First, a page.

The Well Being team at Ken Stimpson Community School was established as a result of Hollie Orbell, currently a Post 16 student, who wished to raise awareness of mental health and well being. Ambassadors work together in signposting and highlighting where students can access support, strategies and services which can help them.
Our Wellbeing Team
What is Mental Health and Wellbeing
What is Mental Health?
We all have mental health, just as we all have physical health. Being mentally healthy means that we feel good about ourselves, make and keep positive relationships with others and can feel and manage a full range of emotions. Good mental health allows us to cope with life’s ups and downs, feel in control of our lives and ask for help from others when we need support.
Only medical professionals should make a formal diagnosis of a mental health condition.
Mental health is a broad issue and includes a wide range of disorders. Therefore, a large spectrum of symptoms is possible. Note that behavioural changes do not necessarily point to mental health problems – they may be temporary and caused by a negative experience or distressing life event. However, persistent disruptive or withdrawn behaviour can indicate an underlying problem.
Warning signs may include:
- Severe behaviour problems
- Persistent or severe anxiety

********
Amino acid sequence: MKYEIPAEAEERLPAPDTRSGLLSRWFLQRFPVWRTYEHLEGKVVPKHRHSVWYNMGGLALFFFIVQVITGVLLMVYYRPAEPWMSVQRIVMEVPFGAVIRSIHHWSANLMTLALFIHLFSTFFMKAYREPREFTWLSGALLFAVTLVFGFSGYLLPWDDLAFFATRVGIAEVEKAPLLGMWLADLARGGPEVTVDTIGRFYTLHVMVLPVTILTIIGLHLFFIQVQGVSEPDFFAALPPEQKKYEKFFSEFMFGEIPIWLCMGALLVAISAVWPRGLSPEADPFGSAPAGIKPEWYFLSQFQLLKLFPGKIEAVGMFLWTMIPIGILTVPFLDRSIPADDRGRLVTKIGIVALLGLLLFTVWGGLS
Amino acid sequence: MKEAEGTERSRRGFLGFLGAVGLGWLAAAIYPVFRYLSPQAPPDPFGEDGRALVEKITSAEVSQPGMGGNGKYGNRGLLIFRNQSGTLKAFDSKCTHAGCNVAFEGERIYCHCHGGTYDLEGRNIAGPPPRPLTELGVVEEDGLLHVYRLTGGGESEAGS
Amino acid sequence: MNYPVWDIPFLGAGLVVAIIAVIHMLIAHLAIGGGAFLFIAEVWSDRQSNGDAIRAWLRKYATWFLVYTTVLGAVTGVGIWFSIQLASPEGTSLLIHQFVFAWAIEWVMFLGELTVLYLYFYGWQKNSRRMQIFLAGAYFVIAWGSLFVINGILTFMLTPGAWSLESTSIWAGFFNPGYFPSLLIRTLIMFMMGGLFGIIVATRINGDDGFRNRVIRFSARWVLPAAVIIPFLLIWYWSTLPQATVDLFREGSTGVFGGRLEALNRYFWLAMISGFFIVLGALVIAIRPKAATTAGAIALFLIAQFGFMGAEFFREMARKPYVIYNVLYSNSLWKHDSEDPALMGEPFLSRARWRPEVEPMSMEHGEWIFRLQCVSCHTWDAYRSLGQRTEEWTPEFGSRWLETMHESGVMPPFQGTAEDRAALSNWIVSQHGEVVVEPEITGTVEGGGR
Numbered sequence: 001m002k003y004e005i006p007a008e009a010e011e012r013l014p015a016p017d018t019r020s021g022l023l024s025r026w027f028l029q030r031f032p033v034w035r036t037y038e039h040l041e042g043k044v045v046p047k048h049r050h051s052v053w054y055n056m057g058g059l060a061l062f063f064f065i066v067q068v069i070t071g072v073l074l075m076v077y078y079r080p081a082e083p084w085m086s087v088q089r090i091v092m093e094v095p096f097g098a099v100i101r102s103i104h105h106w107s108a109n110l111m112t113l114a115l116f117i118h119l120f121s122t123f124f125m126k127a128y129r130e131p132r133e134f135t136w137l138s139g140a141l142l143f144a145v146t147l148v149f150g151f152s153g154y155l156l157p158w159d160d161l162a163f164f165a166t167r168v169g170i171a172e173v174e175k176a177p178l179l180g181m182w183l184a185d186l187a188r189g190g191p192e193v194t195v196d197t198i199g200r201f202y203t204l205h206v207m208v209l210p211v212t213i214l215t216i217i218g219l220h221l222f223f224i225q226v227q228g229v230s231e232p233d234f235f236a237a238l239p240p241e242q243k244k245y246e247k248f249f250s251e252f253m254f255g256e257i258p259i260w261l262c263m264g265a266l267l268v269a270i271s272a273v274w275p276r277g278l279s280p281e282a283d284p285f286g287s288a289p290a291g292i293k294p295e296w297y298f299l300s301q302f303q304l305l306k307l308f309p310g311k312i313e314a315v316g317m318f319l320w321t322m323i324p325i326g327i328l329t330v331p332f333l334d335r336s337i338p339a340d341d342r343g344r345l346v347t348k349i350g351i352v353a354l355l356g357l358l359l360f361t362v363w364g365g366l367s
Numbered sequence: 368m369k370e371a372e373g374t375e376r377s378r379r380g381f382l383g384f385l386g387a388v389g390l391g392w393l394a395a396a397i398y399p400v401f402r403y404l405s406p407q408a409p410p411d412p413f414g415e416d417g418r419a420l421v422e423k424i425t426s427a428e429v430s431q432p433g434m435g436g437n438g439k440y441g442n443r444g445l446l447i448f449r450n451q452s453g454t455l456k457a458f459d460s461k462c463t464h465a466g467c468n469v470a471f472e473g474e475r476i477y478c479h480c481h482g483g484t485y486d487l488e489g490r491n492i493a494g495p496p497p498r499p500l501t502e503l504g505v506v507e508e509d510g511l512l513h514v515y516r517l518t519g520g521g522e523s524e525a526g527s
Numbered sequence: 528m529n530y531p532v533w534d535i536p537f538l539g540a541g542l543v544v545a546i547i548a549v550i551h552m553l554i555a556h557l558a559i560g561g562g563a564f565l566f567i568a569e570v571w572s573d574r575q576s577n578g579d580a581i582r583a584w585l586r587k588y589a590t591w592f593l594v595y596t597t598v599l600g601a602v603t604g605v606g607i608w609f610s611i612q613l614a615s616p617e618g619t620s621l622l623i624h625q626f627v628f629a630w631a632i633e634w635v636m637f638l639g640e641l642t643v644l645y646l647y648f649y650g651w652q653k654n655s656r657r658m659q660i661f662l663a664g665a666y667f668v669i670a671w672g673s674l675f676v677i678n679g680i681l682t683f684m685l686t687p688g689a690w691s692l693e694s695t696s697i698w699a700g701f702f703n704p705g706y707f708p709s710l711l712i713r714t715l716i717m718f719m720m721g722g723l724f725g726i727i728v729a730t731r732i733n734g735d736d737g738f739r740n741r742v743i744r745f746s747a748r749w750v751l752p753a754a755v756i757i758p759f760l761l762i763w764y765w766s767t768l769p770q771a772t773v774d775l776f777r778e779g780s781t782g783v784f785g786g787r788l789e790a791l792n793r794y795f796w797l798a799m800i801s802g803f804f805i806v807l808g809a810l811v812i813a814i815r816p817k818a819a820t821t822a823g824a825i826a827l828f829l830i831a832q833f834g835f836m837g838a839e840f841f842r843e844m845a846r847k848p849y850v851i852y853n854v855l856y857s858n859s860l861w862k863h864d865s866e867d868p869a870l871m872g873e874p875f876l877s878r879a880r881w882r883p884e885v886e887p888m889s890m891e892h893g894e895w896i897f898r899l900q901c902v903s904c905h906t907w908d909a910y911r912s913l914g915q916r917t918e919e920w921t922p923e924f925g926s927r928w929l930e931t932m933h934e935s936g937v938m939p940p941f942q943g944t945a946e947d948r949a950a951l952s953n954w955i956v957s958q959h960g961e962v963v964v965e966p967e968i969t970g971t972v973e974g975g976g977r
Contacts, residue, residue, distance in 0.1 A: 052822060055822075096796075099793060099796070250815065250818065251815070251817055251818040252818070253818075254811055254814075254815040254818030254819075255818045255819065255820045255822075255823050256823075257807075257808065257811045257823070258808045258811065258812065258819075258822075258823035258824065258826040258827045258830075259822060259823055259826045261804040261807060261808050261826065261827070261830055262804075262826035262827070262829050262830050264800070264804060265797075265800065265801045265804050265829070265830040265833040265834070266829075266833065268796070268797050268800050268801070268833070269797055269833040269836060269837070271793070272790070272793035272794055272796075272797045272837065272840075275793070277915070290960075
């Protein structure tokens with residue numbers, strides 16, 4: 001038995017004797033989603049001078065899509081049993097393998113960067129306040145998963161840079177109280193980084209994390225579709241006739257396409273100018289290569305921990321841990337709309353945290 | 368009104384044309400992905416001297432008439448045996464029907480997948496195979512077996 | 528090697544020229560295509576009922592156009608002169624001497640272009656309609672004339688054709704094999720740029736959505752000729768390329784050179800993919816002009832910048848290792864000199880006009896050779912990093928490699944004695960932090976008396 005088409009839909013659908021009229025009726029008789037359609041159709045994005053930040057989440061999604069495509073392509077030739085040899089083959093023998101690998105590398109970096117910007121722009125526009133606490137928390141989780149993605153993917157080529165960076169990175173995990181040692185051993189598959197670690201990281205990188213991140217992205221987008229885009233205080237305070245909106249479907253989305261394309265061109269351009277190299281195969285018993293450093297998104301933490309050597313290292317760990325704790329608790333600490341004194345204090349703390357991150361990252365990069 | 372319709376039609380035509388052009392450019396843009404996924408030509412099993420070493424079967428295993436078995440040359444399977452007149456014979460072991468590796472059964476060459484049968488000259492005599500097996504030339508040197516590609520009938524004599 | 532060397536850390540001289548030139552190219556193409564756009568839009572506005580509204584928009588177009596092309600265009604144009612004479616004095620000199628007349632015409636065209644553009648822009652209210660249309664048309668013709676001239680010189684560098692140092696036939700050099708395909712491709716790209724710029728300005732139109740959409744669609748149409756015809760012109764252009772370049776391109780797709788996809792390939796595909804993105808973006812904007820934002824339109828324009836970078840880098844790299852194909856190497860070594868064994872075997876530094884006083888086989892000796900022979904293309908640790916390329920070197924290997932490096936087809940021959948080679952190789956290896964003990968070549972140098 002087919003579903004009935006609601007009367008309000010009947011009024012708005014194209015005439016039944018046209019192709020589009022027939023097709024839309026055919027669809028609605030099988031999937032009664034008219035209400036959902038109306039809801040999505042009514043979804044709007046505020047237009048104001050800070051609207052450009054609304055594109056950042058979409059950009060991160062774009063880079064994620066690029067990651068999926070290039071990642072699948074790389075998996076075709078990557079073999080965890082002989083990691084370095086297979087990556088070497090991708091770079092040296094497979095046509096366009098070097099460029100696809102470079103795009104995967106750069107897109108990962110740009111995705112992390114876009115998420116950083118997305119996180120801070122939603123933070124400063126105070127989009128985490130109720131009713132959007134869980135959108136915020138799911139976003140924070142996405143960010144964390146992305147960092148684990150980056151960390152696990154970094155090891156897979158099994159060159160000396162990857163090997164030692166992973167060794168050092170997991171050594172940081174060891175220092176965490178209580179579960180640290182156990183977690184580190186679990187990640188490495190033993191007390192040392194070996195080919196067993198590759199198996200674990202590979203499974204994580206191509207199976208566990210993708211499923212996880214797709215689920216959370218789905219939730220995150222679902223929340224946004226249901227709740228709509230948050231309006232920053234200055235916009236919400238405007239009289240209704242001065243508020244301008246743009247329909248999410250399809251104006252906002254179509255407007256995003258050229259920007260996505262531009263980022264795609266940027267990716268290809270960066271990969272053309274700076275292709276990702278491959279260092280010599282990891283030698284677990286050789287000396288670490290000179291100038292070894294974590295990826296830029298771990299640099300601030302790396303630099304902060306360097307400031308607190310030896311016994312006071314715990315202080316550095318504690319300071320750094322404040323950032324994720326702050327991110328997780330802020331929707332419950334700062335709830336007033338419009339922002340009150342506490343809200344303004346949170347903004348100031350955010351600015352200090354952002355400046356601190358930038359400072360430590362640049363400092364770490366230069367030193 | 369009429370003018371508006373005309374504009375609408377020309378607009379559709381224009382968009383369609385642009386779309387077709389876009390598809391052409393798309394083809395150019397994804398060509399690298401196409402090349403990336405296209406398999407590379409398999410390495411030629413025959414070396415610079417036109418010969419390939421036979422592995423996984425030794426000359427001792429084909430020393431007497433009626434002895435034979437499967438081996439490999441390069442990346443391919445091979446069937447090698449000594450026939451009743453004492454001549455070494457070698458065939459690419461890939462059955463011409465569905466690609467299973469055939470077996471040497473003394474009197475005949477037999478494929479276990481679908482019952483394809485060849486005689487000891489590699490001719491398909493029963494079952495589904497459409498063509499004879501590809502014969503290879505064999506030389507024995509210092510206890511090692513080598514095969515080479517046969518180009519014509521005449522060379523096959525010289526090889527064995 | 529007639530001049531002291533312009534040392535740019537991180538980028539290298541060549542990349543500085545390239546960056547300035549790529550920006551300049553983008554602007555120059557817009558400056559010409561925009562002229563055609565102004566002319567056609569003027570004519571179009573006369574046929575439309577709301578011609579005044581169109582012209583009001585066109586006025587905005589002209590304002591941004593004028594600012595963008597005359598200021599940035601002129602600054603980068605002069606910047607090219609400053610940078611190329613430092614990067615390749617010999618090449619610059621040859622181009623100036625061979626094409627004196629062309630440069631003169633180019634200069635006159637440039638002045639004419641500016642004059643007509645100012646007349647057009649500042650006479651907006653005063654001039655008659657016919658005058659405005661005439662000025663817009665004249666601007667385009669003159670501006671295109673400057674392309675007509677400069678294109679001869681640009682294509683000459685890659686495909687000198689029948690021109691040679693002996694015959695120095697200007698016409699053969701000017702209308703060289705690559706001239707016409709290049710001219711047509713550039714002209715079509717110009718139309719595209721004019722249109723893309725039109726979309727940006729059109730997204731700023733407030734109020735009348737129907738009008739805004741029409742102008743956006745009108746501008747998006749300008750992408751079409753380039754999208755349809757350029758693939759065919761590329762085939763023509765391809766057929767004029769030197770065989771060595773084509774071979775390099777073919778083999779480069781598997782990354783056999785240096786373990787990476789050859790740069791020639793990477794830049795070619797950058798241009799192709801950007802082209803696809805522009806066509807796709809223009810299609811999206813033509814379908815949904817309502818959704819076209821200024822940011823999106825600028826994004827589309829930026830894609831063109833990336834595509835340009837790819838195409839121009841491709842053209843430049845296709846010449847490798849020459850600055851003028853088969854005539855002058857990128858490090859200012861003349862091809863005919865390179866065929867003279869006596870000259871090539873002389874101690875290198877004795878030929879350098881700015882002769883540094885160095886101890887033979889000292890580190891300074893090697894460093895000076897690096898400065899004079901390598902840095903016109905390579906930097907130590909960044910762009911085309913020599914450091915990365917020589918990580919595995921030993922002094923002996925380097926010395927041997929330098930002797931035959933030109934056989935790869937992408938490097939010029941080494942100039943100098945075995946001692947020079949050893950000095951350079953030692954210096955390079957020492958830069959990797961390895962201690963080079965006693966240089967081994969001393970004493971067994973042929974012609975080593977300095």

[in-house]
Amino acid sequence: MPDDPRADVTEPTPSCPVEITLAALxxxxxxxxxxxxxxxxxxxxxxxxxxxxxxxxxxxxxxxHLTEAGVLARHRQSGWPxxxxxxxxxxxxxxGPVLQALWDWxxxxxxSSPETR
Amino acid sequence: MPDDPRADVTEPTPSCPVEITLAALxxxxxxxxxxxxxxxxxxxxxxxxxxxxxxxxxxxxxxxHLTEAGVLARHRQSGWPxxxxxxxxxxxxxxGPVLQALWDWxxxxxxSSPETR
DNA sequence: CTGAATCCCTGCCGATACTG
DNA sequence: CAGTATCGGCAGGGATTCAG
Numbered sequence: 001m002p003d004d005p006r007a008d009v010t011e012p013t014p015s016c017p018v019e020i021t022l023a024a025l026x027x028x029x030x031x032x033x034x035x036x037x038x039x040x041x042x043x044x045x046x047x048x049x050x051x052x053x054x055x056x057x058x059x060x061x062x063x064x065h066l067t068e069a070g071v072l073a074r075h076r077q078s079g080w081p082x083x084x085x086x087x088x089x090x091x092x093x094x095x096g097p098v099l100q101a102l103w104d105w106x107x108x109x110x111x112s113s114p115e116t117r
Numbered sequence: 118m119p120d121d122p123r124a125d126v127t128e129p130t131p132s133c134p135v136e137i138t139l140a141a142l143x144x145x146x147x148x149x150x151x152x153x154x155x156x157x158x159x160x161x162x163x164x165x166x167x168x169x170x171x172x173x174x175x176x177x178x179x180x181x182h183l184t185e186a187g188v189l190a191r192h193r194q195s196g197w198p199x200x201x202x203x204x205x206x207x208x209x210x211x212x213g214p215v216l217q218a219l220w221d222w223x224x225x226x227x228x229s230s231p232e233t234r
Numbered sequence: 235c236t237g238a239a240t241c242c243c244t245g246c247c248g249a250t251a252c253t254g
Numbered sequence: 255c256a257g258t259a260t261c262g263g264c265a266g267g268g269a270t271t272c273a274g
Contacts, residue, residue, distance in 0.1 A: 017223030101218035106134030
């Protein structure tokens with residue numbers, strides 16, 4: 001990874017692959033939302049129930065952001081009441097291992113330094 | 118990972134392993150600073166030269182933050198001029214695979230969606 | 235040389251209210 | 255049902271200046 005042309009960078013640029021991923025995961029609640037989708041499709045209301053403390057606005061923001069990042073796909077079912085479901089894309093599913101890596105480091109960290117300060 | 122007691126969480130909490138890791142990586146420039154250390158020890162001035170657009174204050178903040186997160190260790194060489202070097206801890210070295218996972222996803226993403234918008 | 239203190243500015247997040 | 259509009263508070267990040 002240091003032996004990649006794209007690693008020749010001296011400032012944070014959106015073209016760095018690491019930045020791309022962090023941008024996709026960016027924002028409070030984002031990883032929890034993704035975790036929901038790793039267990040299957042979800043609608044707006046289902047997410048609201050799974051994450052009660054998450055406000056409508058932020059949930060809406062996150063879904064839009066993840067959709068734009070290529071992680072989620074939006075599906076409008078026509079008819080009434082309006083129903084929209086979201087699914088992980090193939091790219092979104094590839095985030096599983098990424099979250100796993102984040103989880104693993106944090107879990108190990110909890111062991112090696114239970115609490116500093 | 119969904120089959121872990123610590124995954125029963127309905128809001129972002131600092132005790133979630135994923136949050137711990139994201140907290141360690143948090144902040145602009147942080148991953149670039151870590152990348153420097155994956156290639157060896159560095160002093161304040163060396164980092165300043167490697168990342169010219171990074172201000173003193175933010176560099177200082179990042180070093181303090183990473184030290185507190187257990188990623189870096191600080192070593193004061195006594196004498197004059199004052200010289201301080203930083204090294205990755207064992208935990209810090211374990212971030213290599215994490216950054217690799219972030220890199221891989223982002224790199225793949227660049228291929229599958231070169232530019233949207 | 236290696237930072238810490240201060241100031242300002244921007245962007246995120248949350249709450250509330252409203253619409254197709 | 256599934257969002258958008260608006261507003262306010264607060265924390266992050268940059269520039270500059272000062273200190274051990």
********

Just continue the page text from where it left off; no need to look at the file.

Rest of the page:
- Feelings of sadness that dominate and interfere with the pupil’s life
- Persistent and severe inattentiveness or impulsiveness
- Worries about weight that dominate the pupil’s life
- Unusual eating patterns
- Substance misuse
- Self-harm (for example, overdosing, hitting or cutting)
The five ways to Wellbeing
Feeling close to and valued by other people is a fundamental human need. Social relationships are critical for promoting wellbeing and acting as a buffer against mental ill health. Try putting five minutes aside to find out how someone really is. Ask someone how their weekend was and listen when they tell you.
Regular physical activity is associated with lower rates of depression and anxiety across all age groups. Exercise is essential for slowing age-related cognitive decline and promoting wellbeing. Walking, for example, can encourage social interactions as well as providing a form of exercise.
Being aware of what is taking place in the present enhances your wellbeing. Heightened awareness enhances your self-understanding and allows you to make positive choices based on your values and motivations. You could take notice of how your colleagues are feeling or acting. Have a ‘clear the clutter’ day.
Continued learning through life enhances self-esteem and encourages social interaction and a more active life. The practice of setting goals has been strongly associated with higher levels of wellbeing. You could try reading a book or researching something you’ve always wondered about.
Participation in social and community life has attracted attention in the field of wellbeing research. Those who show a greater interest in helping others are more likely to rate themselves as happy. Research has shown that committing an act of kindness once a week over 6 weeks is associated with an increase in wellbeing.
- Student Support Officers
- Head of Year
- Mrs Gregg or Mrs Patman
- Student Wellbeing Ambassadors
- Worry Box (opposite Student Support Office in Block 1)
- Form Tutor
- Any member of staff
- School Nurse
Online and Telephone
- Samaritans UK freephone 116 123 (24 hours, 365 days)
- Childline - 0800 11 11 (multilingual)
- Young Minds
- Keep Your Head
- YMCA Thrive App
- Centre 33
(2-5pm Central Library, Peterborough, 13-25 years)
- Wellbeing Drop-in
(3L07 Wed & Thurs Break 2)
- Peterborough Drop-in
(Tues 3:30-4:30pm Youth Access Hub, 49 Lincoln Rd, PE1 2RR)